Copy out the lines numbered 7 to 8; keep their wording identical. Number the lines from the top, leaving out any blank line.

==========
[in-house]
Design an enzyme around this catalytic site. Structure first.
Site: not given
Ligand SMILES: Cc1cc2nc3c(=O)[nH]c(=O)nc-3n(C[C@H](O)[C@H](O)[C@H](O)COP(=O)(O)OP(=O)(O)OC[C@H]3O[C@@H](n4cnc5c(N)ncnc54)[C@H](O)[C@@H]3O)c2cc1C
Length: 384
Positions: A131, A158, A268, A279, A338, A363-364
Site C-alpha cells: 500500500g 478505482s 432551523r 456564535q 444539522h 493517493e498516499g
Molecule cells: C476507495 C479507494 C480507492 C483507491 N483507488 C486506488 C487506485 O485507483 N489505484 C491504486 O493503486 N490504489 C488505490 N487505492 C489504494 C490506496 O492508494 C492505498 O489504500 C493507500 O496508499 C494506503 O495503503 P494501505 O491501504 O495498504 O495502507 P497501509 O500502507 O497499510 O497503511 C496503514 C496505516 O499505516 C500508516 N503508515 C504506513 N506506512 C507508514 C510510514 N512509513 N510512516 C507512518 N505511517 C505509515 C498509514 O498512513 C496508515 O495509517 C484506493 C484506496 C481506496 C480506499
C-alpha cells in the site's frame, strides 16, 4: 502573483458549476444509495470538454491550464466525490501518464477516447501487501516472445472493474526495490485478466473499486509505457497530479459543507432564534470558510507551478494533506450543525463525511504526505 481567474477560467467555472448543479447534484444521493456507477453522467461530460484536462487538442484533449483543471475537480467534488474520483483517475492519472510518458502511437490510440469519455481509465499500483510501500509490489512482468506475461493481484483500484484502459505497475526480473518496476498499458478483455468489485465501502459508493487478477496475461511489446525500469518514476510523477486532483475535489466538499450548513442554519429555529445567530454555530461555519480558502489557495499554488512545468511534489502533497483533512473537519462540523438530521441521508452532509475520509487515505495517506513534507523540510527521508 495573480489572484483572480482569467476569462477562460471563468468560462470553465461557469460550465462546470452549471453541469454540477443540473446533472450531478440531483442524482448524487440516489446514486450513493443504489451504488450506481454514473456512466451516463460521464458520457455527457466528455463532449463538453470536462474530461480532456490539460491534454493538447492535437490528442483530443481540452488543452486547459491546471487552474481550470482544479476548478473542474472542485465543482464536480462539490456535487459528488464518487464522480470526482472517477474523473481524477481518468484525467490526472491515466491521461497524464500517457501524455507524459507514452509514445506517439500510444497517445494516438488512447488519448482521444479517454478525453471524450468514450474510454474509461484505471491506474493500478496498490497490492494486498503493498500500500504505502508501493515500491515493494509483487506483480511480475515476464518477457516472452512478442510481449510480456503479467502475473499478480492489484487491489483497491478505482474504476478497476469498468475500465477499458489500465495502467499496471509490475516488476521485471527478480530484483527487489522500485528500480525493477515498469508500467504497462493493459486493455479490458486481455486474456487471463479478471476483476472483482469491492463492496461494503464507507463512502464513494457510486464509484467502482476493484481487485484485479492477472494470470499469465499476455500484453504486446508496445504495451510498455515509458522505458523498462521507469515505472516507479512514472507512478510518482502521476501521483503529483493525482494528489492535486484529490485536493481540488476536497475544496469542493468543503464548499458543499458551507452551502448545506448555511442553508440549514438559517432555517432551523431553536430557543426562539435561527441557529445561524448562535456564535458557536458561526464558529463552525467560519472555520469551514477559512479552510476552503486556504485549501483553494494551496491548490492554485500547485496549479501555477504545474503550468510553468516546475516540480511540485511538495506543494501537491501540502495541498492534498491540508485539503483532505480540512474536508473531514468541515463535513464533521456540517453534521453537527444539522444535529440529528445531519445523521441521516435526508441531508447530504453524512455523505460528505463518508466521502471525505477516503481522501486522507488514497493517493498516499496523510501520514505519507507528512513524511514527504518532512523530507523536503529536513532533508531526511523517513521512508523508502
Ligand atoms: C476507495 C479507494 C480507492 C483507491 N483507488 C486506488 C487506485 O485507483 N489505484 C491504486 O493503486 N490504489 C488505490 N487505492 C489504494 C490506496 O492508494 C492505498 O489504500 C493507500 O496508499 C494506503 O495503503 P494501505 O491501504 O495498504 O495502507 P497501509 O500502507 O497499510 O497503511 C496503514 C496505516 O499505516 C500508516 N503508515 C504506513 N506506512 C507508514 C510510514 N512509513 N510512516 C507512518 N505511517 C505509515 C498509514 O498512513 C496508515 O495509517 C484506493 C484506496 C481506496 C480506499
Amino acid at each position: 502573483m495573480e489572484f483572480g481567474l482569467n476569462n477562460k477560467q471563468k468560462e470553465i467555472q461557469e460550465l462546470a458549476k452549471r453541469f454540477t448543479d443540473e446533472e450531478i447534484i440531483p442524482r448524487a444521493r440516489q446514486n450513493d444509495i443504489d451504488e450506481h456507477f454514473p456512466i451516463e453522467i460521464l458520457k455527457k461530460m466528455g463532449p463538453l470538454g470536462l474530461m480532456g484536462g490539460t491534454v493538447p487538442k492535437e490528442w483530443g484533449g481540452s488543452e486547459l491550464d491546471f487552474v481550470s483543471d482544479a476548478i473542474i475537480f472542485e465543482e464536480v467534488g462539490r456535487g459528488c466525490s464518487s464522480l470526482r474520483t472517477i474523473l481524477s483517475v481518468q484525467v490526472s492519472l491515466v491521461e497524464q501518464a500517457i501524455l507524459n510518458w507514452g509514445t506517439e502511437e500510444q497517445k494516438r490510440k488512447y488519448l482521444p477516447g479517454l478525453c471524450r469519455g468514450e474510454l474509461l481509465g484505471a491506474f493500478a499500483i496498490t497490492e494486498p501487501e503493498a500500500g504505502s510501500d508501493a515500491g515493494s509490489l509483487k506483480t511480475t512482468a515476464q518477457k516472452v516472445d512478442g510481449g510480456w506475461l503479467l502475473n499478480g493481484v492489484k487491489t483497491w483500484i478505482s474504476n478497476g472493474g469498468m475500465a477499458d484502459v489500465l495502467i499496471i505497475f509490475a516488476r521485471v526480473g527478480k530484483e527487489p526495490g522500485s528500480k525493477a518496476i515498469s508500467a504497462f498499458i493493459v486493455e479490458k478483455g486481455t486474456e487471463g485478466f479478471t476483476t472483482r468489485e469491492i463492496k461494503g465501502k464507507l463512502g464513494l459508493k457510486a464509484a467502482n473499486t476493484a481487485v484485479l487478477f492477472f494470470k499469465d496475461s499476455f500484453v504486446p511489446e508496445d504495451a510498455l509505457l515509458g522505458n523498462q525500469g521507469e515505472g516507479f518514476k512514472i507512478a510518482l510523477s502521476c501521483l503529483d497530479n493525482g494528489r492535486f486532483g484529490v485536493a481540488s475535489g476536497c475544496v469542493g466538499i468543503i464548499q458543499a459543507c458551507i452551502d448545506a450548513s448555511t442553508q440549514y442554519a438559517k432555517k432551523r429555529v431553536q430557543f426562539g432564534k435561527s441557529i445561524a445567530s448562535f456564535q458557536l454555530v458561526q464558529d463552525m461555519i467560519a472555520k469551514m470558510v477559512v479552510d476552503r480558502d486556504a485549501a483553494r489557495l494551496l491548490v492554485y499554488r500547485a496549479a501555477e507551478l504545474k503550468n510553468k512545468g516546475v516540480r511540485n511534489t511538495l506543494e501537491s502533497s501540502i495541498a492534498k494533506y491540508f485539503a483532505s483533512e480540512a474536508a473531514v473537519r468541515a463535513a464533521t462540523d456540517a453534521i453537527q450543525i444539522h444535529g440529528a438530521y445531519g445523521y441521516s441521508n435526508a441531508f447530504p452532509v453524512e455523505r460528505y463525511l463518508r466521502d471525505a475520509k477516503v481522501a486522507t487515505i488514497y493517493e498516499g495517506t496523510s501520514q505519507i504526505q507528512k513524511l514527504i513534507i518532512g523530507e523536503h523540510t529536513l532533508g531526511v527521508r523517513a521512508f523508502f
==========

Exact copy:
Site C-alpha cells: 500500500g 478505482s 432551523r 456564535q 444539522h 493517493e498516499g
Molecule cells: C476507495 C479507494 C480507492 C483507491 N483507488 C486506488 C487506485 O485507483 N489505484 C491504486 O493503486 N490504489 C488505490 N487505492 C489504494 C490506496 O492508494 C492505498 O489504500 C493507500 O496508499 C494506503 O495503503 P494501505 O491501504 O495498504 O495502507 P497501509 O500502507 O497499510 O497503511 C496503514 C496505516 O499505516 C500508516 N503508515 C504506513 N506506512 C507508514 C510510514 N512509513 N510512516 C507512518 N505511517 C505509515 C498509514 O498512513 C496508515 O495509517 C484506493 C484506496 C481506496 C480506499